While leading people, how can you use empathy correctly?

Marianne Slotboom
Dec 16, 2021

Empathy is - simply said - recognizing emotions in others, and being able to "put yourself in another person's shoes" understanding the other person's perspective and reality.

Empathy means being able to connect with others and using it in the correct way, empathy definitely enhances better communication and teamwork.

In this sense, it is an essential characteristic and skill for leaders! In our technical and digital world, it is gaining more and more importance.

However, empathy can be used the wrong way. What often happens, when a leader is empathic and understands the perspective and problem of the employee... very often! The empathy doesn’t stop at that moment. Many leaders – when they have full understanding of the problem - take the problem on board, become the owner of it and start feeling responsible for the solution.

That is not the intention of empathic leadership! If it is overused in this way empathy can lead to dependent employees that – in the future – will no longer take responsibility. They become followers and will stay in a fixed mindset, without growing. This is not the effect you want from being empathic. As a leader you want people to take responsibility and develop in their jobs!

In order to achieve this, you can bring people in their – as we call it in neuroscience – growth mindset. This is the mindset of an active learner, open to new challenges, taking initiative and feeling responsible for their own thinking, feeling and acting. This mindset is the opposite of the fixed mindset, where people stop growing.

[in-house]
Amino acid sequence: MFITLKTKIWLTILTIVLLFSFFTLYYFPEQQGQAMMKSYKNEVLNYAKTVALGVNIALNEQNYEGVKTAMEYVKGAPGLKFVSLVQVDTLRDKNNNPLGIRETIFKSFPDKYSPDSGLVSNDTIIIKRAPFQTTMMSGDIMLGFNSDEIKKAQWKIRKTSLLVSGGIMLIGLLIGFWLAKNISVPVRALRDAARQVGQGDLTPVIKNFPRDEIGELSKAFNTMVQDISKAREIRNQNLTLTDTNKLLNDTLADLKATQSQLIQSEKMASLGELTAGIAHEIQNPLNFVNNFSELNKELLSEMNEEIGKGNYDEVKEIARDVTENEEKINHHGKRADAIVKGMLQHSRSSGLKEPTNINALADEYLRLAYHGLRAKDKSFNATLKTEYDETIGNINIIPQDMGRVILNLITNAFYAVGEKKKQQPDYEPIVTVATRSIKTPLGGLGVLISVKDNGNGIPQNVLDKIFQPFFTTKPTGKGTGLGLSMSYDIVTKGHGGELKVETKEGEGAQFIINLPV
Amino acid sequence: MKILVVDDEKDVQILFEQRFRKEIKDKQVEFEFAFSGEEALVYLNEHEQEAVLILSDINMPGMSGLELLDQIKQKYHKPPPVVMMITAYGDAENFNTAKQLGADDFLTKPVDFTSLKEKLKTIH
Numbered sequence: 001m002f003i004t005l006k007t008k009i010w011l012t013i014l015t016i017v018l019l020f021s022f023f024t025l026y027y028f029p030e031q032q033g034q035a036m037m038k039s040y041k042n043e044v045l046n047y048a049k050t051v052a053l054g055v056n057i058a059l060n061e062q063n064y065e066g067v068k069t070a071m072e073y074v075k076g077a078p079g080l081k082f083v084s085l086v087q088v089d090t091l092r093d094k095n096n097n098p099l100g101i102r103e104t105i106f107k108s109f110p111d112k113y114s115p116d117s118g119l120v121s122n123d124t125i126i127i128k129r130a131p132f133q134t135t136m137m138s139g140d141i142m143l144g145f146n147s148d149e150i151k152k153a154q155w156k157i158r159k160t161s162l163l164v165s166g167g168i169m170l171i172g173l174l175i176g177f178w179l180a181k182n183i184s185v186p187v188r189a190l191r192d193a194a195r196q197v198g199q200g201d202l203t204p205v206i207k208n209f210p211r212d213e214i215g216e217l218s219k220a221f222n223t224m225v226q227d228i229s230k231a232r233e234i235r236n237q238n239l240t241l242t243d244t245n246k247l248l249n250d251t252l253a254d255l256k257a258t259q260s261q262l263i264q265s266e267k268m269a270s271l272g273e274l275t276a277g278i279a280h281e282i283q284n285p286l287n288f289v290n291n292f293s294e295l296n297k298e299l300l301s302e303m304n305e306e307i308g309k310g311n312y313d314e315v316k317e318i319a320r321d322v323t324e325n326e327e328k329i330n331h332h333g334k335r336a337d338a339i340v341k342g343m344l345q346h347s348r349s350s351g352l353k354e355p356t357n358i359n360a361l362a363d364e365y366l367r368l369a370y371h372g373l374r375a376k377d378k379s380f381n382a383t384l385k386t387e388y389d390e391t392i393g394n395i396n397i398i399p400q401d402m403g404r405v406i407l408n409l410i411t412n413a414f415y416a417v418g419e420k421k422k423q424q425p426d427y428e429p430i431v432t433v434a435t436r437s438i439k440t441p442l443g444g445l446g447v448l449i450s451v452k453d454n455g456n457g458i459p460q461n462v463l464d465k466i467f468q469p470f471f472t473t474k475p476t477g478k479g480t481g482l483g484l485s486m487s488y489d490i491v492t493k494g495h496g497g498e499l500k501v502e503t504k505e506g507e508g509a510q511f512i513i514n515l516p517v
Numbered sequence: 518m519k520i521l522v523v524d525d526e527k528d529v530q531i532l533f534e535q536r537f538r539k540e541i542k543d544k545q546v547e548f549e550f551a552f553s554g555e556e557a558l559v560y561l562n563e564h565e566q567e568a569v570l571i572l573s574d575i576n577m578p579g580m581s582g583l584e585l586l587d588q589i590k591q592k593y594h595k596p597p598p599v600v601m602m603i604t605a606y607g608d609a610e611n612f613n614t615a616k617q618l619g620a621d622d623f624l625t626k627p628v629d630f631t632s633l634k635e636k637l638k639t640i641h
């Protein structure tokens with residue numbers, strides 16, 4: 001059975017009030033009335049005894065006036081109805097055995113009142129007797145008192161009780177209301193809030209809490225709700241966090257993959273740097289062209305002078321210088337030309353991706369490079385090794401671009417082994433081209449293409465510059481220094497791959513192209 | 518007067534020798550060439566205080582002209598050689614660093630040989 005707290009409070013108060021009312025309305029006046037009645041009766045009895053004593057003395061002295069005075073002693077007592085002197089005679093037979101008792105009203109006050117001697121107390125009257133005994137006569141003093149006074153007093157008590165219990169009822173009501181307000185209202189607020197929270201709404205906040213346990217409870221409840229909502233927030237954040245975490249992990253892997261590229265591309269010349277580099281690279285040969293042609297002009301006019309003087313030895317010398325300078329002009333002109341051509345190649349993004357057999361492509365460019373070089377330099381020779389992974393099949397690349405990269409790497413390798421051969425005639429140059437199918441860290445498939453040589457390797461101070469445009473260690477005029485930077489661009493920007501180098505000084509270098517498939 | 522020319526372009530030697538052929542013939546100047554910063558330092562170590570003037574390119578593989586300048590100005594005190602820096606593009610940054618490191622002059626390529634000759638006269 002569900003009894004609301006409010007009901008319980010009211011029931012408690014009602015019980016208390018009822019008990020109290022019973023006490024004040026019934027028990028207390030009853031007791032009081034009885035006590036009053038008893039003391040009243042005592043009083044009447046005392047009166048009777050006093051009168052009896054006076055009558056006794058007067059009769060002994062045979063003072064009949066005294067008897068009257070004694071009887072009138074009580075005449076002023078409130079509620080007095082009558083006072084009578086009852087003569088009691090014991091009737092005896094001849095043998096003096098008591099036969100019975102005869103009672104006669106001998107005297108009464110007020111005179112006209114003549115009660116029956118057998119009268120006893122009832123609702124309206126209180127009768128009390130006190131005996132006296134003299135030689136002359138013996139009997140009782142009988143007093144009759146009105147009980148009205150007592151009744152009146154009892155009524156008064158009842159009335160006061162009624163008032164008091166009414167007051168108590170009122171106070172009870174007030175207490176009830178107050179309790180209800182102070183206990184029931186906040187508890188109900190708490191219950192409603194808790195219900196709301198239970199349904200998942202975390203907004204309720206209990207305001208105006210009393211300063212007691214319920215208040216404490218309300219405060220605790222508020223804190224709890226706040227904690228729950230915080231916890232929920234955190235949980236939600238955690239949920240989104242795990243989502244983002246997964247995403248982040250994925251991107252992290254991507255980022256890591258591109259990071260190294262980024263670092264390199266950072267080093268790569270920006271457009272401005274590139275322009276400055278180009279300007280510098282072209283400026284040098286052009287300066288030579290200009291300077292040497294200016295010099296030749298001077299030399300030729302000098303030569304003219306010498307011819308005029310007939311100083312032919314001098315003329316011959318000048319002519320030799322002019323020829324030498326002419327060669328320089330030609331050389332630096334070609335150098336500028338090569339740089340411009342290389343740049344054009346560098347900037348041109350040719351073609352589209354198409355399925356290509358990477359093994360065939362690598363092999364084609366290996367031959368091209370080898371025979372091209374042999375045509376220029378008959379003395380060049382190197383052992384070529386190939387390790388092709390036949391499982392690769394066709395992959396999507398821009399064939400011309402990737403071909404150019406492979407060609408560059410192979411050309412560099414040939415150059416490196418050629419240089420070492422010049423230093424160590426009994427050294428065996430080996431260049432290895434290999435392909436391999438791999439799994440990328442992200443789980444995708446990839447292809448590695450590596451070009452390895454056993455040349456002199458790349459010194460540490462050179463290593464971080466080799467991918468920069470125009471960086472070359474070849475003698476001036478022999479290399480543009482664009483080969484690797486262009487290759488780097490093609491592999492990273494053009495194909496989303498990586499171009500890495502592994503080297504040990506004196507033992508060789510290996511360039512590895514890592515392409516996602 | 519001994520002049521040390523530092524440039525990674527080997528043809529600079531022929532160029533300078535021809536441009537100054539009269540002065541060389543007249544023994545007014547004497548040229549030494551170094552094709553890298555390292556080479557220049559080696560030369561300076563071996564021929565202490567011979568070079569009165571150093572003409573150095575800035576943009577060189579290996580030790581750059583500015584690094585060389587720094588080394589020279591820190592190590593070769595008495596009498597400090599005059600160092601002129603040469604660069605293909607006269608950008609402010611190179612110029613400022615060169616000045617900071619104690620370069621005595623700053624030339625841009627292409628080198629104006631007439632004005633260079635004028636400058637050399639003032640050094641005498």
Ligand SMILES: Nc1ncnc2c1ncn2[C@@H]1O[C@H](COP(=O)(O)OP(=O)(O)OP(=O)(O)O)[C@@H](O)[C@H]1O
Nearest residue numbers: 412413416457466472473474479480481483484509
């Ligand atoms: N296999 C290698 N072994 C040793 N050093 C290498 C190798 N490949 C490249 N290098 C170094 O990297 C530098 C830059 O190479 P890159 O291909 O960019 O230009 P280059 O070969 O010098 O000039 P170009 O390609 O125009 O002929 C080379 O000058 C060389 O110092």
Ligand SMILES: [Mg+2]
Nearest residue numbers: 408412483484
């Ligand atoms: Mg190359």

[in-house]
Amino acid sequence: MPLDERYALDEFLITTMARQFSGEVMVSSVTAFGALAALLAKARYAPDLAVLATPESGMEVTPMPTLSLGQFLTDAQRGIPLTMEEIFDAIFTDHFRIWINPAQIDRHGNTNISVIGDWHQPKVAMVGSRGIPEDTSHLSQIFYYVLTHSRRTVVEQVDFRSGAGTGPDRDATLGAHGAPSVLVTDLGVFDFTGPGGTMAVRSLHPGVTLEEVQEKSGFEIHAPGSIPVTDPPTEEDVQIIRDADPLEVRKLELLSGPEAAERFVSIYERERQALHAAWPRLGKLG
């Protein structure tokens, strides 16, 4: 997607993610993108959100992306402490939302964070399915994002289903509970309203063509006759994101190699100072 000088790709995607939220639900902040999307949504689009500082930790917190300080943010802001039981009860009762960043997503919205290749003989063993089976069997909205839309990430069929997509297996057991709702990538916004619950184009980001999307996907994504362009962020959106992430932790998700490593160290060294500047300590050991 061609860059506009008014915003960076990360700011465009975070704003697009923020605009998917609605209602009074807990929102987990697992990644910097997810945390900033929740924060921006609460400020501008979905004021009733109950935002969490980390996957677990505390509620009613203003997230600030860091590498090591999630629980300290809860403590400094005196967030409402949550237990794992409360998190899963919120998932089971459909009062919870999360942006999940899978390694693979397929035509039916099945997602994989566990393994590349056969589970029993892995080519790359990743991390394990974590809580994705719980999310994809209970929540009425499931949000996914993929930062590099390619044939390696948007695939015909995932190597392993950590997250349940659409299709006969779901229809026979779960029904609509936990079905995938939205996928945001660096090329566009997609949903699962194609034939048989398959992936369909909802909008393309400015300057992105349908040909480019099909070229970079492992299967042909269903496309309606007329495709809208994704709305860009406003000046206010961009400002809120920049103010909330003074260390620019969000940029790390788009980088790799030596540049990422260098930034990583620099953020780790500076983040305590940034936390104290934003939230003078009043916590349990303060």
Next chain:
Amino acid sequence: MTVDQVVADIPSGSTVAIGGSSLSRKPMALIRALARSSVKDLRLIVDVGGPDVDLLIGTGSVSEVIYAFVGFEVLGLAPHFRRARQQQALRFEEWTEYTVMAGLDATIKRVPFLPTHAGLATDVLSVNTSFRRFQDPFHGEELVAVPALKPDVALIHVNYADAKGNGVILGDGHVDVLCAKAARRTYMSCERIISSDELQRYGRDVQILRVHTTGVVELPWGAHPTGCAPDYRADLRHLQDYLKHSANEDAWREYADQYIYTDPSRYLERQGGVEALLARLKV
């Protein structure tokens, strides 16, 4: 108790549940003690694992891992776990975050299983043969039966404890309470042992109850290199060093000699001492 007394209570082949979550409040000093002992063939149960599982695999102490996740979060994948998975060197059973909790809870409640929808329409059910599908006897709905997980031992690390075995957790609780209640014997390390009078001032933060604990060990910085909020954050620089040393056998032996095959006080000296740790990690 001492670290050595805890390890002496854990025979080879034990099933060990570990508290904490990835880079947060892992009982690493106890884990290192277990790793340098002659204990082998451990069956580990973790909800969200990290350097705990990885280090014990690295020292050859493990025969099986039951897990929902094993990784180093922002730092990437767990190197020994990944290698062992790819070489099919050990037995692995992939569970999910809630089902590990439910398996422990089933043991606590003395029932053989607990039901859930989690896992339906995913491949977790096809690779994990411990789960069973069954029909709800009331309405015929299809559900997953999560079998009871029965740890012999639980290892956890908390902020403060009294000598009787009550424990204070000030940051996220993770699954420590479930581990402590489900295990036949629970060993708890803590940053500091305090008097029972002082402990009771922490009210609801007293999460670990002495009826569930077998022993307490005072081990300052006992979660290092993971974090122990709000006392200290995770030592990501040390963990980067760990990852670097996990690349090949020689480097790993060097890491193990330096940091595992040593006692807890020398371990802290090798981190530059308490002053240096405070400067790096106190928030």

Although empathy is a great skill to connect constructively with your coworkers, using it the wrong way we can ensure that the employee comes into the fixed mindset of the follower. Too much helping hand prevents growth.

How to use empathy and make people grow?

The way you speak with your coworkers influences which mindset is activated. You can bring people in their growth mindset by continuously framing and asking questions. The framework you can use is often defined by the values ​​of the company and the objectives and rules that are linked to it. The questions you ask have to ensure that the other person thinks about solutions, initiatives and consequences and stimulates his or her personal thinking.

At the same time this questioning will help you to avoid becoming the owner of the problem and taking over responsibility.

Our brain is a super powerful organ and it is also a reactive organ. It reacts unconsciously to the environment. A small change in the behavior of leaders will simply ensure that the other person enters the growth mindset and develop own strategies for solving their problems at work and learn new skills.

Marianne Slotboom
The author
Marianne Slotboom

Marianne is a strategic partner and practical developer of human behavior that helps leaders, teams and organizations become more focused and effective, elevating their value to customers. In 2015, Marianne founded Yellow Training to answer the call for more inspirational and creative leadership in the modern workplace.

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